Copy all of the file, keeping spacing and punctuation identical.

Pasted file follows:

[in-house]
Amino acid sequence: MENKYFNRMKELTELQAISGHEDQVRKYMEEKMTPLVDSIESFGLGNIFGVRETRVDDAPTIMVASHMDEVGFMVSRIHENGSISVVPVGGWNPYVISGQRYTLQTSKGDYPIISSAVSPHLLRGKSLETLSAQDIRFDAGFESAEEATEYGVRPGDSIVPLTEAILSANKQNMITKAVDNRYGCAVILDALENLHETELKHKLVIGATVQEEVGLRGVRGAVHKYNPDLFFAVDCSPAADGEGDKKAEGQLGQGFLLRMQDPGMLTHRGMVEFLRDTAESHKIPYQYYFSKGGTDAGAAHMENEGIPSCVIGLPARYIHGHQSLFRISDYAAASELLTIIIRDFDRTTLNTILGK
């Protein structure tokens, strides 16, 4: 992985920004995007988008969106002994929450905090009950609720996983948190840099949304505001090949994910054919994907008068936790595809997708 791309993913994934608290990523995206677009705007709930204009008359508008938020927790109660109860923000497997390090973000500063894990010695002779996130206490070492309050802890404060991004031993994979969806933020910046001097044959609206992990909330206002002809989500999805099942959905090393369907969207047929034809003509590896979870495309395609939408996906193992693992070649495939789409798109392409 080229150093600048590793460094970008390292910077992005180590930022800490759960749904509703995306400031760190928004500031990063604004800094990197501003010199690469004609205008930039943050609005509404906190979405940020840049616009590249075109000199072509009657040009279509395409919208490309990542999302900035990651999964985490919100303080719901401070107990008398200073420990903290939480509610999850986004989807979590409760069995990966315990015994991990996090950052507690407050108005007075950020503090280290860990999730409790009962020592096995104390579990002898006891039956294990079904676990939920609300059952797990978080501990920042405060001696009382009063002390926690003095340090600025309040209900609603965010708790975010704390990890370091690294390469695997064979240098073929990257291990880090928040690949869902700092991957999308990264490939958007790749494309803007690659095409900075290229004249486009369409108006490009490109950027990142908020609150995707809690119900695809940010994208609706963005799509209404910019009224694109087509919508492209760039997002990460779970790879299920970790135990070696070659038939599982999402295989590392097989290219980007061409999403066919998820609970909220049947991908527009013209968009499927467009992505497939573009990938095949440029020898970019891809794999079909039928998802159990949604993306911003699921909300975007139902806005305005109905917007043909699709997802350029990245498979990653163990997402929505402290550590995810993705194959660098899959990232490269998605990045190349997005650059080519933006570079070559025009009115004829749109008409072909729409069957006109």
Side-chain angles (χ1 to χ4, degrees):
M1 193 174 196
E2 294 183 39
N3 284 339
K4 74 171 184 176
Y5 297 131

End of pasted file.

[in-house]
Amino acid sequence: MENKYFNRMKELTELQAISGHEDQVRKYMEEKMTPLVDSIESFGLGNIFGVRETRVDDAPTIMVASHMDEVGFMVSRIHENGSISVVPVGGWNPYVISGQRYTLQTSKGDYPIISSAVSPHLLRGKSLETLSAQDIRFDAGFESAEEATEYGVRPGDSIVPLTEAILSANKQNMITKAVDNRYGCAVILDALENLHETELKHKLVIGATVQEEVGLRGVRGAVHKYNPDLFFAVDCSPAADGEGDKKAEGQLGQGFLLRMQDPGMLTHRGMVEFLRDTAESHKIPYQYYFSKGGTDAGAAHMENEGIPSCVIGLPARYIHGHQSLFRISDYAAASELLTIIIRDFDRTTLNTILGK
């Protein structure tokens, strides 16, 4: 992985920004995007988008969106002994929450905090009950609720996983948190840099949304505001090949994910054919994907008068936790595809997708 791309993913994934608290990523995206677009705007709930204009008359508008938020927790109660109860923000497997390090973000500063894990010695002779996130206490070492309050802890404060991004031993994979969806933020910046001097044959609206992990909330206002002809989500999805099942959905090393369907969207047929034809003509590896979870495309395609939408996906193992693992070649495939789409798109392409 080229150093600048590793460094970008390292910077992005180590930022800490759960749904509703995306400031760190928004500031990063604004800094990197501003010199690469004609205008930039943050609005509404906190979405940020840049616009590249075109000199072509009657040009279509395409919208490309990542999302900035990651999964985490919100303080719901401070107990008398200073420990903290939480509610999850986004989807979590409760069995990966315990015994991990996090950052507690407050108005007075950020503090280290860990999730409790009962020592096995104390579990002898006891039956294990079904676990939920609300059952797990978080501990920042405060001696009382009063002390926690003095340090600025309040209900609603965010708790975010704390990890370091690294390469695997064979240098073929990257291990880090928040690949869902700092991957999308990264490939958007790749494309803007690659095409900075290229004249486009369409108006490009490109950027990142908020609150995707809690119900695809940010994208609706963005799509209404910019009224694109087509919508492209760039997002990460779970790879299920970790135990070696070659038939599982999402295989590392097989290219980007061409999403066919998820609970909220049947991908527009013209968009499927467009992505497939573009990938095949440029020898970019891809794999079909039928998802159990949604993306911003699921909300975007139902806005305005109905917007043909699709997802350029990245498979990653163990997402929505402290550590995810993705194959660098899959990232490269998605990045190349997005650059080519933006570079070559025009009115004829749109008409072909729409069957006109």
Side-chain angles (χ1 to χ4, degrees):
M1 193 174 196
E2 294 183 39
N3 284 339
K4 74 171 184 176
Y5 297 131